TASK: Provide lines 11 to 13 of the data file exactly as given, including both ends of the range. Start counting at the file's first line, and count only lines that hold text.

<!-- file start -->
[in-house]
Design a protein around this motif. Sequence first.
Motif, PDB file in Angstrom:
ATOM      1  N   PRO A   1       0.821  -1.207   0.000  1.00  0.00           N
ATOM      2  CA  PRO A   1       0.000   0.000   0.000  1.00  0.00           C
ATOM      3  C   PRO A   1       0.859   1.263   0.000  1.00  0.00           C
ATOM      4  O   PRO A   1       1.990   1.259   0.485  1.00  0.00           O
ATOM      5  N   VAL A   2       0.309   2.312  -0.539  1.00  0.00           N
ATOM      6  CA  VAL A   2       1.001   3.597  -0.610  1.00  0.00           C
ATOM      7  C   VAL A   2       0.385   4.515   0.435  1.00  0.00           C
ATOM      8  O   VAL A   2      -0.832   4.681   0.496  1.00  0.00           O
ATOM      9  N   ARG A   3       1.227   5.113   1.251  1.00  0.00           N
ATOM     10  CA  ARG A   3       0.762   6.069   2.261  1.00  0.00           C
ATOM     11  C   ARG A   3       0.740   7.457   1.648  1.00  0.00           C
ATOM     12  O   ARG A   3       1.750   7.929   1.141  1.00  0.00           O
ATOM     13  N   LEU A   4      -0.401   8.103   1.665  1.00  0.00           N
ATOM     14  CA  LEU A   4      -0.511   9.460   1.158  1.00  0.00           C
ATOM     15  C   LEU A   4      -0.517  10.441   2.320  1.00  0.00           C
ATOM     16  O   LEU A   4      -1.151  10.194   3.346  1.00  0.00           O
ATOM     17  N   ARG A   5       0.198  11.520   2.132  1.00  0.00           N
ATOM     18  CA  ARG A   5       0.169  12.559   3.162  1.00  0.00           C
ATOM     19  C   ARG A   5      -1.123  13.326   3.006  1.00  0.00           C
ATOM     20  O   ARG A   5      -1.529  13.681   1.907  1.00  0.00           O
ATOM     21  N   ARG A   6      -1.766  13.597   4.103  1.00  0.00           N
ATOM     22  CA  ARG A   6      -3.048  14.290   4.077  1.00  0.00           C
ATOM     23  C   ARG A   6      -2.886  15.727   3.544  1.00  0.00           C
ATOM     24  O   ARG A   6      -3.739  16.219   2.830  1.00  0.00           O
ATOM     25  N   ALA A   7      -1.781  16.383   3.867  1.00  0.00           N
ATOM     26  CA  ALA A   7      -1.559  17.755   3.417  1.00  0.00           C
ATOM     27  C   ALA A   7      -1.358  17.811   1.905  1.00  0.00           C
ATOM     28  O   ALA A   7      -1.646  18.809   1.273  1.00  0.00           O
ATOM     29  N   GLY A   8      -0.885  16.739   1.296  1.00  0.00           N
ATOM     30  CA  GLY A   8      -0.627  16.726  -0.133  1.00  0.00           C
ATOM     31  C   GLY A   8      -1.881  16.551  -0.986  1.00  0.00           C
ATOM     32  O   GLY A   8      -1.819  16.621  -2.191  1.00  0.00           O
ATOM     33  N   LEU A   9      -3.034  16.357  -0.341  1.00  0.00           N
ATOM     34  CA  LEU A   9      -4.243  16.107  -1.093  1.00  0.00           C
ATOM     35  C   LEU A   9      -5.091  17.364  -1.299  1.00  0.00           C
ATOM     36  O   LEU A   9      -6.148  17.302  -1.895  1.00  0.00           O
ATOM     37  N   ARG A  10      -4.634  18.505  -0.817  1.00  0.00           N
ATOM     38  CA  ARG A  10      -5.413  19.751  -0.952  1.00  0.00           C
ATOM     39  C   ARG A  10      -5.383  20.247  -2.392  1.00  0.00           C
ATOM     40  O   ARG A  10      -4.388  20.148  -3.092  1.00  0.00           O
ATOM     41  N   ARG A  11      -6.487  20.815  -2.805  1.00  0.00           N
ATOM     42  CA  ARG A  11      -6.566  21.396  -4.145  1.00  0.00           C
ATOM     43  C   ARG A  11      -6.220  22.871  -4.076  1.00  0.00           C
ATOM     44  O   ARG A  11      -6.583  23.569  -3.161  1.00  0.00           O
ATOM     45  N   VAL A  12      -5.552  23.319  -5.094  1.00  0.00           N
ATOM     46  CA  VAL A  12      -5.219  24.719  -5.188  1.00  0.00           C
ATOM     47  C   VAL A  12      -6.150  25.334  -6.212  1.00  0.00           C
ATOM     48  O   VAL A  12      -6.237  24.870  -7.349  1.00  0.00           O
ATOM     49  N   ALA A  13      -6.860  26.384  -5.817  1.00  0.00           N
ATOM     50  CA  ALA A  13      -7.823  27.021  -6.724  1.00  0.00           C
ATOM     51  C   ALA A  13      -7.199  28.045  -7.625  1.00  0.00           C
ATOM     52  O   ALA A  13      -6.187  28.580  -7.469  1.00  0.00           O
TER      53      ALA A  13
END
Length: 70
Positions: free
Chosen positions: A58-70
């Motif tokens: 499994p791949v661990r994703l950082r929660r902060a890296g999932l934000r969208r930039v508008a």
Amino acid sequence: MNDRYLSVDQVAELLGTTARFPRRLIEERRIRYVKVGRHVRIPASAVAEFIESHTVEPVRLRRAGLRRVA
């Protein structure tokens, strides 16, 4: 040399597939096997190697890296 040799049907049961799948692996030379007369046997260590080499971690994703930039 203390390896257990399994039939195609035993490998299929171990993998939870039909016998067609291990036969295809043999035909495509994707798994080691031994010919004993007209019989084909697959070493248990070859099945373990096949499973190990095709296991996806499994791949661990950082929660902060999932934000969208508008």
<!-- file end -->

ATOM      8  O   VAL A   2      -0.832   4.681   0.496  1.00  0.00           O
ATOM      9  N   ARG A   3       1.227   5.113   1.251  1.00  0.00           N
ATOM     10  CA  ARG A   3       0.762   6.069   2.261  1.00  0.00           C